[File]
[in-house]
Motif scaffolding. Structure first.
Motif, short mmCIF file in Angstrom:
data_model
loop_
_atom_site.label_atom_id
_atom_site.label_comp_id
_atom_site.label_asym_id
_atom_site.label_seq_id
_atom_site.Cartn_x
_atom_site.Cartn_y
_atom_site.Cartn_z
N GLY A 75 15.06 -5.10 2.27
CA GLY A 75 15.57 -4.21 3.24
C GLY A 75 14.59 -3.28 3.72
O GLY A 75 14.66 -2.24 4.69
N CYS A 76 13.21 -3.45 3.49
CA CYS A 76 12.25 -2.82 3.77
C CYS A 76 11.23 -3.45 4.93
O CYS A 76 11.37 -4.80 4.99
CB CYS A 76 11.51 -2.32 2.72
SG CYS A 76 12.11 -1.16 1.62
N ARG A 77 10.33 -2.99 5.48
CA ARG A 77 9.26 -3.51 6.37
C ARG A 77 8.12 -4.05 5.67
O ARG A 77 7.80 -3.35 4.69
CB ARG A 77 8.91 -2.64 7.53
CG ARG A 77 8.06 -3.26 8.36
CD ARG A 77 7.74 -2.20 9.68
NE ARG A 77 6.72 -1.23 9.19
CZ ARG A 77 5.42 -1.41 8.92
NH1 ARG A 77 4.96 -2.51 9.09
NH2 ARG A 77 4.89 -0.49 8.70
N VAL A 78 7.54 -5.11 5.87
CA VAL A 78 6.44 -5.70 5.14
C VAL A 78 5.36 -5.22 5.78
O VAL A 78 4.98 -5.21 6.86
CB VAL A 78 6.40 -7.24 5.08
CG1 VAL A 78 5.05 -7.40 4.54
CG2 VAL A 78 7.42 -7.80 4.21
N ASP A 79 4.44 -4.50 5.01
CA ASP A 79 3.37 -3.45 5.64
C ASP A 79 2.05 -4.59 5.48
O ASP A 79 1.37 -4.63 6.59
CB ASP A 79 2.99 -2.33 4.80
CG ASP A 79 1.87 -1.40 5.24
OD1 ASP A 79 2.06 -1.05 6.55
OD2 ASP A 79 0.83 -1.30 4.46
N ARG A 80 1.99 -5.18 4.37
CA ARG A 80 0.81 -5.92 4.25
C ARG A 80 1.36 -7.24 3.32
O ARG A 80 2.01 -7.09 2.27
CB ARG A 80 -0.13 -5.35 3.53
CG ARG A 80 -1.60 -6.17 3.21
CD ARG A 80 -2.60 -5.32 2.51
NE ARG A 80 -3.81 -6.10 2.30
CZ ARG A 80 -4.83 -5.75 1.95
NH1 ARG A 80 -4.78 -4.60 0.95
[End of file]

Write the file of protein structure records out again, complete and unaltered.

[in-house]
Motif scaffolding. Structure first.
Motif, short mmCIF file in Angstrom:
data_model
loop_
_atom_site.label_atom_id
_atom_site.label_comp_id
_atom_site.label_asym_id
_atom_site.label_seq_id
_atom_site.Cartn_x
_atom_site.Cartn_y
_atom_site.Cartn_z
N GLY A 75 15.06 -5.10 2.27
CA GLY A 75 15.57 -4.21 3.24
C GLY A 75 14.59 -3.28 3.72
O GLY A 75 14.66 -2.24 4.69
N CYS A 76 13.21 -3.45 3.49
CA CYS A 76 12.25 -2.82 3.77
C CYS A 76 11.23 -3.45 4.93
O CYS A 76 11.37 -4.80 4.99
CB CYS A 76 11.51 -2.32 2.72
SG CYS A 76 12.11 -1.16 1.62
N ARG A 77 10.33 -2.99 5.48
CA ARG A 77 9.26 -3.51 6.37
C ARG A 77 8.12 -4.05 5.67
O ARG A 77 7.80 -3.35 4.69
CB ARG A 77 8.91 -2.64 7.53
CG ARG A 77 8.06 -3.26 8.36
CD ARG A 77 7.74 -2.20 9.68
NE ARG A 77 6.72 -1.23 9.19
CZ ARG A 77 5.42 -1.41 8.92
NH1 ARG A 77 4.96 -2.51 9.09
NH2 ARG A 77 4.89 -0.49 8.70
N VAL A 78 7.54 -5.11 5.87
CA VAL A 78 6.44 -5.70 5.14
C VAL A 78 5.36 -5.22 5.78
O VAL A 78 4.98 -5.21 6.86
CB VAL A 78 6.40 -7.24 5.08
CG1 VAL A 78 5.05 -7.40 4.54
CG2 VAL A 78 7.42 -7.80 4.21
N ASP A 79 4.44 -4.50 5.01
CA ASP A 79 3.37 -3.45 5.64
C ASP A 79 2.05 -4.59 5.48
O ASP A 79 1.37 -4.63 6.59
CB ASP A 79 2.99 -2.33 4.80
CG ASP A 79 1.87 -1.40 5.24
OD1 ASP A 79 2.06 -1.05 6.55
OD2 ASP A 79 0.83 -1.30 4.46
N ARG A 80 1.99 -5.18 4.37
CA ARG A 80 0.81 -5.92 4.25
C ARG A 80 1.36 -7.24 3.32
O ARG A 80 2.01 -7.09 2.27
CB ARG A 80 -0.13 -5.35 3.53
CG ARG A 80 -1.60 -6.17 3.21
CD ARG A 80 -2.60 -5.32 2.51
NE ARG A 80 -3.81 -6.10 2.30
CZ ARG A 80 -4.83 -5.75 1.95
NH1 ARG A 80 -4.78 -4.60 0.95